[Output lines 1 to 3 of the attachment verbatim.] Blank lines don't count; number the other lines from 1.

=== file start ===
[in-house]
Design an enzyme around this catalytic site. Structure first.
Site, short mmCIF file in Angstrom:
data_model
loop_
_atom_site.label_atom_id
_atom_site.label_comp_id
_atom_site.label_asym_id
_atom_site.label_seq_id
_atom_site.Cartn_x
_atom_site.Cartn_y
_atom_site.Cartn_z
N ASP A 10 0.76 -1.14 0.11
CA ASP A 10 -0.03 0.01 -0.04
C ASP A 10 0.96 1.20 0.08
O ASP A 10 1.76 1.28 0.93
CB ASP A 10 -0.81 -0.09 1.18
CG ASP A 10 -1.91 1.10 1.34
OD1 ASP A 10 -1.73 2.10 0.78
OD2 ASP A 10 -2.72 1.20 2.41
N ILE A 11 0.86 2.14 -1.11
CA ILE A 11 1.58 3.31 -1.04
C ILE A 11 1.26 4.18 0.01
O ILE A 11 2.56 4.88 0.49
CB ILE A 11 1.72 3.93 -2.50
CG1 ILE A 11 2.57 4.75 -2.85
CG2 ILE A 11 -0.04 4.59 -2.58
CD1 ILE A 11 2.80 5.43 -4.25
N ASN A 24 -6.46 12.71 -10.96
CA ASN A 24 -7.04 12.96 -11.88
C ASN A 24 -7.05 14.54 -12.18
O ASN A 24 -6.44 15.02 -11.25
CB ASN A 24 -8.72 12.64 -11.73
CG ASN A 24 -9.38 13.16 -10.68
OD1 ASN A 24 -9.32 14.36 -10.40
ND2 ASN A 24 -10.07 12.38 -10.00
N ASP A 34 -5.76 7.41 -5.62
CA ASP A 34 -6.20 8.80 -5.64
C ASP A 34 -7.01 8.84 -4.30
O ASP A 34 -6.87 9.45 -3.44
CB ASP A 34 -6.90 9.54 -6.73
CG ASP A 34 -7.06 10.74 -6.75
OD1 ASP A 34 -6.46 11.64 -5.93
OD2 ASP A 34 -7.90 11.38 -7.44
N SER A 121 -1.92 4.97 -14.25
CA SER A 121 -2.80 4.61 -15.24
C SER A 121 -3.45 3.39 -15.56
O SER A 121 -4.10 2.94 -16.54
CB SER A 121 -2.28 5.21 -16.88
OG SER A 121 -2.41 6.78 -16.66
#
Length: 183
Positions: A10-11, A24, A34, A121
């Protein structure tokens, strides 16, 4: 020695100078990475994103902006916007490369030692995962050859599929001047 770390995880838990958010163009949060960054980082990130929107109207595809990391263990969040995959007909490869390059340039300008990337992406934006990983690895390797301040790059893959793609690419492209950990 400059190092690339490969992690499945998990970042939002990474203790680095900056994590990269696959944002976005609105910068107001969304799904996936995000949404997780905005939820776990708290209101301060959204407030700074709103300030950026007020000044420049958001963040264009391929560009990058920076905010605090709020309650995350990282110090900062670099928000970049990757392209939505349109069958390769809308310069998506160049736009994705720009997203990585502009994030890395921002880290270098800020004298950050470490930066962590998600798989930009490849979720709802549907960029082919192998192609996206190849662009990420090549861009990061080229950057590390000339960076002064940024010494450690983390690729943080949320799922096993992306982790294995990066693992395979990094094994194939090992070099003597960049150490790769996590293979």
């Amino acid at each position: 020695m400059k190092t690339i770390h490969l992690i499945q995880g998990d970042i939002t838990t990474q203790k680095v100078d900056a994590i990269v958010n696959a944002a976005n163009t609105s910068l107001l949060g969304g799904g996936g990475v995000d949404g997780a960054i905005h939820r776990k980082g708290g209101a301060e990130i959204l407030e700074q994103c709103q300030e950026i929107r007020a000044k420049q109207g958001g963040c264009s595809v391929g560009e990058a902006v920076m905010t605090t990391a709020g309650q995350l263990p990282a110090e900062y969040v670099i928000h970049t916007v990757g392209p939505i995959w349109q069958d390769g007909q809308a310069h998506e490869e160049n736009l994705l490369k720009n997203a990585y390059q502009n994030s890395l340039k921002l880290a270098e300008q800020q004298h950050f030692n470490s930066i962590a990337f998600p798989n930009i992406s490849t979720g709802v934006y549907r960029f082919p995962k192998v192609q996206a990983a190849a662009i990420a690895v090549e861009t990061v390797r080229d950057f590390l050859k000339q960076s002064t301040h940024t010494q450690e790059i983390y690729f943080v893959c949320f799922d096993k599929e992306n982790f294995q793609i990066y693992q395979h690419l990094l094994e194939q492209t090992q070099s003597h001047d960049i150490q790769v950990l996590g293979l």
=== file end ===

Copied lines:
[in-house]
Design an enzyme around this catalytic site. Structure first.
Site, short mmCIF file in Angstrom: